Justice Debates A Secret Service Appeal
Sources say compromise with Starr may be possible
By Wolf Blitzer/CNN
WASHINGTON (July 8) -- Top Justice Department officials are debating whether to appeal a federal court decision forcing three Secret Service employees to appear before Independent Counsel Ken Starr's grand jury.
Several high-ranking officials are convinced they have little chance of reversing yesterday's decision by a three-judge federal appeals panel. But Secret Service Director Lou Merletti is pressing for an appeal. He is convinced presidents would be at risk if they keep their agents and officers at arm's length to protect their privacy.
However, there is preliminary talk of a revived compromise, sources say. Earlier in the investigation, Starr reportedly proposed questioning uniformed officers outside the grand jury and leaving the more elite plainclothes agents alone.
"The distinction between uniformed officers and plainclothes agents is very significant in this case and I think, in fact, that that is where the compromise has been by Judge Starr right now," says Mark Zaid, an
attorney representing former agents.
Even though the Secret Service rejected that offer, one expert says the agency may now reconsider.
"If Mr. Starr is willing to enter into a compromise, I think now the Secret Service would be willing to enter into a compromise because they have lost hands down, so a compromise would be better. And I think that is possible Mr. Starr may not want to go down in history as posing any kind of threat to presidential safety," said Georgetown University Law School professor Paul Rothstein.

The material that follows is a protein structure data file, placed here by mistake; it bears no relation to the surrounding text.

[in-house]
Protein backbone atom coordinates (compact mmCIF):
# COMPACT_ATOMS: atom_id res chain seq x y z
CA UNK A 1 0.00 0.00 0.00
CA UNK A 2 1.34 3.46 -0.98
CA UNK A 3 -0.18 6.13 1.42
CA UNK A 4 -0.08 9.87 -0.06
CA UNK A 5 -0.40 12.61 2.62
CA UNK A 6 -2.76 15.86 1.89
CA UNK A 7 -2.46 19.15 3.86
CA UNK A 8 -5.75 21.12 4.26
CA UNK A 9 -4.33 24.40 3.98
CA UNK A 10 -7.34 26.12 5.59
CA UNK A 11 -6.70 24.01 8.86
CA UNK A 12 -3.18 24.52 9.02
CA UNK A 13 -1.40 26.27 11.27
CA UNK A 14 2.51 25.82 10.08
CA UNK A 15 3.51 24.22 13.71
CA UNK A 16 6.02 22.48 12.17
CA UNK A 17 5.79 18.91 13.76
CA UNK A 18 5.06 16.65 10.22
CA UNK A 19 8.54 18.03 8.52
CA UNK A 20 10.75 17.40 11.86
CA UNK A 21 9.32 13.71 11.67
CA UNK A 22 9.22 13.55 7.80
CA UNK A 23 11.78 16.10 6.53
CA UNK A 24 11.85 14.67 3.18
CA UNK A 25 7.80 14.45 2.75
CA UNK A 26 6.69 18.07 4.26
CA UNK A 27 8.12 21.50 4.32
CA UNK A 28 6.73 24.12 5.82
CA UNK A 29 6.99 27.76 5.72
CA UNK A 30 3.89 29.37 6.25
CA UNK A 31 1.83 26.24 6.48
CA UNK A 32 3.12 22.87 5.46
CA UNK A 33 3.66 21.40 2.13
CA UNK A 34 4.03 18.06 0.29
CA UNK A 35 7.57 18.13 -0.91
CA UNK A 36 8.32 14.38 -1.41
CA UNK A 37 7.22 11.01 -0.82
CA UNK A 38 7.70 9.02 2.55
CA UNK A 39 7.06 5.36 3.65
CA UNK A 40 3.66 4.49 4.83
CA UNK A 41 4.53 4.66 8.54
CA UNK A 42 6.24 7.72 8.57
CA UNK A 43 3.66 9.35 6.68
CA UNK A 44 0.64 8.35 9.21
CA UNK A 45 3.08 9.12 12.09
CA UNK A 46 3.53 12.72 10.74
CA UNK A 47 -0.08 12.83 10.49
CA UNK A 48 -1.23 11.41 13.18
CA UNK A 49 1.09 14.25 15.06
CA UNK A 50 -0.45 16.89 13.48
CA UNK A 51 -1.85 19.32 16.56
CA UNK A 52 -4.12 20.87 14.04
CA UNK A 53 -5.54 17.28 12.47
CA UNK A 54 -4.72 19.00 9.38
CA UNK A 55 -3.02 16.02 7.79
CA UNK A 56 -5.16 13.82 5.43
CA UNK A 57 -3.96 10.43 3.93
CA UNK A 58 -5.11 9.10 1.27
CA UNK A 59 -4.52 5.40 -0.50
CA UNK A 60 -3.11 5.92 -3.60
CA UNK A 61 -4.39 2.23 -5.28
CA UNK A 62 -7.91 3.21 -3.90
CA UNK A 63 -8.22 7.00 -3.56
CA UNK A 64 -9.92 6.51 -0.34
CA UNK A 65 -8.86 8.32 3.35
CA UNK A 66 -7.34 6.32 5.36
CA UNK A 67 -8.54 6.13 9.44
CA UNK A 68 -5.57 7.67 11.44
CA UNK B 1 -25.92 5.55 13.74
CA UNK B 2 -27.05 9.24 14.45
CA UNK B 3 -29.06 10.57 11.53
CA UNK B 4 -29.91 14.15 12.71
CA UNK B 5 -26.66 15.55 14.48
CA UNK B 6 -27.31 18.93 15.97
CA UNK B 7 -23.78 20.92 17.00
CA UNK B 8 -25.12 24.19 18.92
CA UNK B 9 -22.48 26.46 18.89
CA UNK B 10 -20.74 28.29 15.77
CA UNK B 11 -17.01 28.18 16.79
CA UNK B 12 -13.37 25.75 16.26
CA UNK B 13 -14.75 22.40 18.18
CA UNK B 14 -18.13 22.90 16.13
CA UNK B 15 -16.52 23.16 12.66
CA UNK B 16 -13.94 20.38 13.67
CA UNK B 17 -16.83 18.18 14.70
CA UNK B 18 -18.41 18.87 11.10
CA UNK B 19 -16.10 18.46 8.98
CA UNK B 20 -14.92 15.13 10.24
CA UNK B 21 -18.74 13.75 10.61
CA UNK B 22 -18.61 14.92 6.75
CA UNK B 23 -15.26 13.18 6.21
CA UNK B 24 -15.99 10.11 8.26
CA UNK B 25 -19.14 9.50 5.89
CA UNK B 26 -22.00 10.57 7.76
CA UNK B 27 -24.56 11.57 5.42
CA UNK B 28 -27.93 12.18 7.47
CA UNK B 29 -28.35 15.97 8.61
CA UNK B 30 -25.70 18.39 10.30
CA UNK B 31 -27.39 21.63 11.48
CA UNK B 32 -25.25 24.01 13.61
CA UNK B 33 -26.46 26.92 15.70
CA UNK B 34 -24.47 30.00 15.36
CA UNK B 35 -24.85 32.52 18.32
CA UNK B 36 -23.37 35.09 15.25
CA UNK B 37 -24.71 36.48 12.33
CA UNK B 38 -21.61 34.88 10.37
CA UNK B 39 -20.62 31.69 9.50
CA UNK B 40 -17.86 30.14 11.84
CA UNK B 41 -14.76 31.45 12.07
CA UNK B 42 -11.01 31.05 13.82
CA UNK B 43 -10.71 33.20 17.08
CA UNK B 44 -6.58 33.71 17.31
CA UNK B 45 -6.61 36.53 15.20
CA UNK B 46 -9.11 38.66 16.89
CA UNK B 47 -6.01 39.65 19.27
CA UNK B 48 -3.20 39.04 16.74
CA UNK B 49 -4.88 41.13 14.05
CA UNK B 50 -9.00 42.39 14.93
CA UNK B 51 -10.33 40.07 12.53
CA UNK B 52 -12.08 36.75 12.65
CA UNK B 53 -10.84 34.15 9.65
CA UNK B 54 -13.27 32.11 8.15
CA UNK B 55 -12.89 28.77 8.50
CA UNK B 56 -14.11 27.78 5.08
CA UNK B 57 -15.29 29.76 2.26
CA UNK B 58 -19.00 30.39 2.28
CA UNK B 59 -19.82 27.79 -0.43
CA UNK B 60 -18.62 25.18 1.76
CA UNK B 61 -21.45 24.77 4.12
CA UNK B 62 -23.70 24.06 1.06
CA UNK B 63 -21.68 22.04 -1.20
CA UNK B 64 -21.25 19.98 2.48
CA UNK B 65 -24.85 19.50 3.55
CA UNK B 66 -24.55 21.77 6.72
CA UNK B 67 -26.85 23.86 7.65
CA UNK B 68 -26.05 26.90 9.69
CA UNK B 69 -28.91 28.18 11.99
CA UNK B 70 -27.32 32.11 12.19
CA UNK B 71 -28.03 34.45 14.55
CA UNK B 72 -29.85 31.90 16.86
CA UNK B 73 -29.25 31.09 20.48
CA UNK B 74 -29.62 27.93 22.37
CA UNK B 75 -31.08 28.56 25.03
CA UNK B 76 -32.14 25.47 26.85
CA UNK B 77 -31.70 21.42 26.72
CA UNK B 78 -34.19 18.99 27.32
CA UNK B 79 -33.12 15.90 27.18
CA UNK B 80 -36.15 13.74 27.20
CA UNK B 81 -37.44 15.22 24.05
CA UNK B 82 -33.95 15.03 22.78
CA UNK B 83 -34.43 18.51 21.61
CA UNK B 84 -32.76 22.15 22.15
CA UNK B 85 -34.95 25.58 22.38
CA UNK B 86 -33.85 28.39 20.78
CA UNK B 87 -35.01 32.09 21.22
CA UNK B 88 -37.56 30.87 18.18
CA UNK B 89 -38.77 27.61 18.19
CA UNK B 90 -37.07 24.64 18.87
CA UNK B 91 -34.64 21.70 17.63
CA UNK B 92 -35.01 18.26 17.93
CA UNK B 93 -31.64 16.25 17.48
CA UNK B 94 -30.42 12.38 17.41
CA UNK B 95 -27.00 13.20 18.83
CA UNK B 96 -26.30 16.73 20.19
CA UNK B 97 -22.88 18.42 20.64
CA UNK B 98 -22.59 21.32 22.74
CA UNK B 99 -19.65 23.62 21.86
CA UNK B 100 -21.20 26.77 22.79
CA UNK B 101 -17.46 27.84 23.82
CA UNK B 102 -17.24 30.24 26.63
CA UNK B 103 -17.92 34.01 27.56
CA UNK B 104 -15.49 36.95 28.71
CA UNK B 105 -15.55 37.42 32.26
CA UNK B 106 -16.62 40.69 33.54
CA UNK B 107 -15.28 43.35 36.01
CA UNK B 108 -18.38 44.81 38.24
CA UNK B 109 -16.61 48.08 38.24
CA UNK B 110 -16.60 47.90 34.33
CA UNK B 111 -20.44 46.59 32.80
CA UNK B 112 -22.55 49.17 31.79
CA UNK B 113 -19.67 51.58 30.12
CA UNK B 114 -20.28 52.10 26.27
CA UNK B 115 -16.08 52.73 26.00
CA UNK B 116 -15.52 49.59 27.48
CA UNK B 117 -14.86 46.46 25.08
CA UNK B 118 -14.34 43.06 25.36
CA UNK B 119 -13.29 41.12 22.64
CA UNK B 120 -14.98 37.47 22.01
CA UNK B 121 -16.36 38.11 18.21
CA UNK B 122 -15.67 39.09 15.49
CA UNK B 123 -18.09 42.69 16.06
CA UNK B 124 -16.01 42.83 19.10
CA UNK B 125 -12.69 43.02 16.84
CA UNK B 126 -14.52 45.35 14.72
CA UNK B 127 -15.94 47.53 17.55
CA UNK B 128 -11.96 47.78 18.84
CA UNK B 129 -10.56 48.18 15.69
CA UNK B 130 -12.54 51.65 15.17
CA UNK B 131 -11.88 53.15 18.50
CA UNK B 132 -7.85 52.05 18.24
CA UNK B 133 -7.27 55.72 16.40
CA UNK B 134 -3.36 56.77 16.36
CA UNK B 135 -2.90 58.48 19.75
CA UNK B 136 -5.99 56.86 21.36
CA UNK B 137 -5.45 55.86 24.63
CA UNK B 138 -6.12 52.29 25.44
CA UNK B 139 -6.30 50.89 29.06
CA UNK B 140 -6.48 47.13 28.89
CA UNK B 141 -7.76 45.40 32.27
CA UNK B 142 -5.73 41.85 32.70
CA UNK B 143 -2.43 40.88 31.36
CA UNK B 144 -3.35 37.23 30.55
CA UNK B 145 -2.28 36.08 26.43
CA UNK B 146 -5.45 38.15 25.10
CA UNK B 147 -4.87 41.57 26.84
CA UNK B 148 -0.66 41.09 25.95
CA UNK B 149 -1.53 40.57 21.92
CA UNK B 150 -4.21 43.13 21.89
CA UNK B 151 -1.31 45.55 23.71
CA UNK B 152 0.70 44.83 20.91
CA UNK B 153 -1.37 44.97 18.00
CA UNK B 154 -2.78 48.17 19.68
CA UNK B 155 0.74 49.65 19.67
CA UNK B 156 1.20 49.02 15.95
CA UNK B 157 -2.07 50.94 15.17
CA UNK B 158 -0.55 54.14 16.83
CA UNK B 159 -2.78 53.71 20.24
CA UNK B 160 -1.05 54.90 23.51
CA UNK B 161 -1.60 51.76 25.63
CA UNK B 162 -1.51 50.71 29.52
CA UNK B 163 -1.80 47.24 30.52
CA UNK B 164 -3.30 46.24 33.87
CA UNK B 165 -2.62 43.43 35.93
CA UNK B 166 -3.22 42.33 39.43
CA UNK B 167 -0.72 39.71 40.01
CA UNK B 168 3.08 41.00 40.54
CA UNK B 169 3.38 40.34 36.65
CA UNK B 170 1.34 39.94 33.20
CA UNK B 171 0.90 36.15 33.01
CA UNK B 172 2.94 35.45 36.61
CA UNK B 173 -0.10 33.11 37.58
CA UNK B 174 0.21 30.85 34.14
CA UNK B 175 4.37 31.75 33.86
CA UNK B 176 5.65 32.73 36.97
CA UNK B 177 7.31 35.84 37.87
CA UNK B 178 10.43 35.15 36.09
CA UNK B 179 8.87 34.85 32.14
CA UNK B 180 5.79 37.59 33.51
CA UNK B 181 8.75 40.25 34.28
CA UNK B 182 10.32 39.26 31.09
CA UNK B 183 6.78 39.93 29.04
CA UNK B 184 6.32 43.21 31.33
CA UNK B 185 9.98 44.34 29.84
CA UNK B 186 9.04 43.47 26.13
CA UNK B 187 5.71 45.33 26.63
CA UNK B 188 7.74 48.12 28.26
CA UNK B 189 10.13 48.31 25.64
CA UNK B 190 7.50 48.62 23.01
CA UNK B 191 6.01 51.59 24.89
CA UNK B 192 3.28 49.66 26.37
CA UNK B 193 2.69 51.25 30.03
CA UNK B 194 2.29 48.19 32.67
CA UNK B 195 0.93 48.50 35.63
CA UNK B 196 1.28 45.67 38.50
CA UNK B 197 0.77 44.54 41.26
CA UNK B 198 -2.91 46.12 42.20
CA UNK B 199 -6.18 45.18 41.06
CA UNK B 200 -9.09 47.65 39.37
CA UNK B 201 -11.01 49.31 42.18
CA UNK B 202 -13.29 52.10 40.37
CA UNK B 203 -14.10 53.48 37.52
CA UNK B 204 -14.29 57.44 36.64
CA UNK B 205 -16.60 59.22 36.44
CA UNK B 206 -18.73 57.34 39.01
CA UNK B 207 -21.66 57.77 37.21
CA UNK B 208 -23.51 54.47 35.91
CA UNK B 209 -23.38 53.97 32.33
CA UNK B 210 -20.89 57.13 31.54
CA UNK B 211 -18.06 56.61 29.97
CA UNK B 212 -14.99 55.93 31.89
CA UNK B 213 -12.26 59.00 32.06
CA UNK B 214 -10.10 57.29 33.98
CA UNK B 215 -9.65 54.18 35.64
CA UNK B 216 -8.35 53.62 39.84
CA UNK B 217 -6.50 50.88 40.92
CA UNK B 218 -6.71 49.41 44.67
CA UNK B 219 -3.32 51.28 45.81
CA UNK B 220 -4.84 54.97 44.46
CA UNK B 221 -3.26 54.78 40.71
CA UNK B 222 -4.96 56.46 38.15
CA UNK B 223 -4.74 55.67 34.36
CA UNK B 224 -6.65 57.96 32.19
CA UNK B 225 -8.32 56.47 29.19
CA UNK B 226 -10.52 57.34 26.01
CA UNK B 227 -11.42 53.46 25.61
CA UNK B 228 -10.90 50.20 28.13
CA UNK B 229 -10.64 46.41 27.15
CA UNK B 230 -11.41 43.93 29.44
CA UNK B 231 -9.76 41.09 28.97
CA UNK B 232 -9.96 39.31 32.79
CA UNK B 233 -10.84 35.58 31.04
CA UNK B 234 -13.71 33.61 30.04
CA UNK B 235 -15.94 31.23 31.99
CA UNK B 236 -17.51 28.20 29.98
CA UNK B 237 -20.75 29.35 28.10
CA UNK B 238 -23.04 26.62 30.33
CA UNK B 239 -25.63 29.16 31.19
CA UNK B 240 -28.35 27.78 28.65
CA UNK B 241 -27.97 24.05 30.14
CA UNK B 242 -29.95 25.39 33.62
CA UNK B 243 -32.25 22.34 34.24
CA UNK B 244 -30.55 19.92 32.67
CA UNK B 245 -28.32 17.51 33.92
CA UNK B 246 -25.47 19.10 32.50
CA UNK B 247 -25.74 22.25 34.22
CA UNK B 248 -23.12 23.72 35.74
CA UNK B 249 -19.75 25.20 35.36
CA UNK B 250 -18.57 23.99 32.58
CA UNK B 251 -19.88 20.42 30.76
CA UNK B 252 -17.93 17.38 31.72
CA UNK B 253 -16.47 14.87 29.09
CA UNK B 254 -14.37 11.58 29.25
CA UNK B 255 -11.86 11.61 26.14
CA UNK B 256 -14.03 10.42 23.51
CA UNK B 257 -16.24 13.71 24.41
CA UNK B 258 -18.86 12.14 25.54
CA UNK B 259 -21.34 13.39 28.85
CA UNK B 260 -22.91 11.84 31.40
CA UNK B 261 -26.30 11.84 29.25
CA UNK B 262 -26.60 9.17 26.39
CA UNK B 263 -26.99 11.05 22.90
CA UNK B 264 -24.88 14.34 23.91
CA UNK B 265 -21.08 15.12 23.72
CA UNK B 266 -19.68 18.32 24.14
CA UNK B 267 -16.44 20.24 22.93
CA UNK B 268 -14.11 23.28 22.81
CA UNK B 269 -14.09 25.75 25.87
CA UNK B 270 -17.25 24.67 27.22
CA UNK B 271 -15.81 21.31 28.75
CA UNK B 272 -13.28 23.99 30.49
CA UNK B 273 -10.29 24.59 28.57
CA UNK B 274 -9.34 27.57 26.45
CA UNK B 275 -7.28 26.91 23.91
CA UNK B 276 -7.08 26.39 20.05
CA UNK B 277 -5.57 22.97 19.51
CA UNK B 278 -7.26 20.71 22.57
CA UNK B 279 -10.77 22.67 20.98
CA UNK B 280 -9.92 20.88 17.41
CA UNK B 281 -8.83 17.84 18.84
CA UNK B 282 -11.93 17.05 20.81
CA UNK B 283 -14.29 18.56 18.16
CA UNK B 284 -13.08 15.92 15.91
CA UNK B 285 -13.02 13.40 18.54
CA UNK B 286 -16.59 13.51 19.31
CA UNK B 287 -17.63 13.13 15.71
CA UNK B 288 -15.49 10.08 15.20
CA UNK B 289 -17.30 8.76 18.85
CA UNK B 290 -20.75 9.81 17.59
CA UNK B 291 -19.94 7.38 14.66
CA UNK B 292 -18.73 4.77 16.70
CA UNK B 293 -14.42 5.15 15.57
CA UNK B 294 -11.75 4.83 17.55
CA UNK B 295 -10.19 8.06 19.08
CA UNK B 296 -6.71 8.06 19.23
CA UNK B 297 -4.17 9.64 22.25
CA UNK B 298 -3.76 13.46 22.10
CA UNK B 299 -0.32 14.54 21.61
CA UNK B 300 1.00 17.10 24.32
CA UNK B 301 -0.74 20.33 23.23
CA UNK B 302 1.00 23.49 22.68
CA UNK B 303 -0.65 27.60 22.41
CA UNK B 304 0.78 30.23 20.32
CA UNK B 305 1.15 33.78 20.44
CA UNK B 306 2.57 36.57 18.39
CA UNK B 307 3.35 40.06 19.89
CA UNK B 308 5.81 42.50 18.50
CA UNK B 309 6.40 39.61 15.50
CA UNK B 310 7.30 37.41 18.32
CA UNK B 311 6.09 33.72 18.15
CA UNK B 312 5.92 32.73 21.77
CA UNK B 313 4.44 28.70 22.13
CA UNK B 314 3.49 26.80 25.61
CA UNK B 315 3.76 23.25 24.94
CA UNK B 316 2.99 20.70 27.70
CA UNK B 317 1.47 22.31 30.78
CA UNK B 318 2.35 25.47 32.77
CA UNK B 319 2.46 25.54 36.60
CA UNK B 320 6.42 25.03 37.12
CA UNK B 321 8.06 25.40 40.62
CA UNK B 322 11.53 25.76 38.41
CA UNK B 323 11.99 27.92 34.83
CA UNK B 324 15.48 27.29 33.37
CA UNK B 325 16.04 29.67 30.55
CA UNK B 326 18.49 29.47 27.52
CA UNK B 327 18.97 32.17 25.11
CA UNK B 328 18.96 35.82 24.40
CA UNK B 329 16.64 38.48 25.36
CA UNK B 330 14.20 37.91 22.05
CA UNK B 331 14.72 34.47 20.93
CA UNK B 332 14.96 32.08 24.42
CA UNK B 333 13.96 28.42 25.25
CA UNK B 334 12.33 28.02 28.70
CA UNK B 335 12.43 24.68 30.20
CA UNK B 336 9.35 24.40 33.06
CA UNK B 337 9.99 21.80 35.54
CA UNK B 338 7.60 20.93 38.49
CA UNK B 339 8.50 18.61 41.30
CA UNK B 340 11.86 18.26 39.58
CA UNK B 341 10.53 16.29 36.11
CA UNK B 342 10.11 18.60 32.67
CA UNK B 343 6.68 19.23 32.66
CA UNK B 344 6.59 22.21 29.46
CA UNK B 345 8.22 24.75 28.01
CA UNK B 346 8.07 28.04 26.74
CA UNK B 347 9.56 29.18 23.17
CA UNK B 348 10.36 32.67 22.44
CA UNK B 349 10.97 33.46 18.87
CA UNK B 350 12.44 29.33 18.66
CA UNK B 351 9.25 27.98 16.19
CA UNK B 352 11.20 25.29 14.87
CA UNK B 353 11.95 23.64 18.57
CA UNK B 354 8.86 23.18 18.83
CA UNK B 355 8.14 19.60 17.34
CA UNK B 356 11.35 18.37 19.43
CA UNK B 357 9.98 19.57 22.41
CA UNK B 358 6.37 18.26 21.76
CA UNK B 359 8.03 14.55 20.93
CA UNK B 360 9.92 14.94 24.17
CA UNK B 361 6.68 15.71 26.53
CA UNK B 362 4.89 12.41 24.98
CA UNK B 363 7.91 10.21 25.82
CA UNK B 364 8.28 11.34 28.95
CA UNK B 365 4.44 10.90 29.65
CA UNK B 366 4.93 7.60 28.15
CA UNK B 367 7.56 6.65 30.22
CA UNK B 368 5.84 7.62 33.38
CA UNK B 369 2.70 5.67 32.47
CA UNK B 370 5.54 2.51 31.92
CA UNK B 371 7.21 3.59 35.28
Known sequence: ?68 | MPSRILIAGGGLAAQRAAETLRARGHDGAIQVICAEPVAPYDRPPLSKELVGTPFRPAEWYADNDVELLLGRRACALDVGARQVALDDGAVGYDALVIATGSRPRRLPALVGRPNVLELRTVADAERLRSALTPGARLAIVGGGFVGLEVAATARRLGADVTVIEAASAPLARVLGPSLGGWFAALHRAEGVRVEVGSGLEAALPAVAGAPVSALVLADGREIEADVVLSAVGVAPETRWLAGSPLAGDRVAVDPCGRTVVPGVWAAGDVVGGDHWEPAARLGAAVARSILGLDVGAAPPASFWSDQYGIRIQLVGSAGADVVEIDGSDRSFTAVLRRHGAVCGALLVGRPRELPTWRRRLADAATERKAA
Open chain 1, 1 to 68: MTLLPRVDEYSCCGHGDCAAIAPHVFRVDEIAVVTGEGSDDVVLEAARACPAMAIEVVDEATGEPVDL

Starr is investigating allegations that President Bill Clinton had a sexual relationship with former White House intern Monica Lewinsky and urged her to lie about it under oath in a deposition for the Paula Jones sexual harassment case. Clinton has denied both allegations.
The White House says Clinton is playing no role in the Justice Department's decision whether to appeal the ruling to the Supreme Court.
"They did not consult with us and we did not share with them any thinking on the matter as the case develops and we're not playing any role in the decision on appeal," said White House Press Secretary Mike McCurry.
But the president's views are well known.
"At least it will have a chilling effect on, perhaps on the conversations presidents have and the work they do and the way they do it," Clinton said in May when asked about Judge Norma Holloway Johnson's ruling requiring the Secret Service to testify.
The Justice Department has a week to decide on a appeal. The president's advisers hope they will. That would buy Clinton some more time since the Supreme Court is in recess until the fall.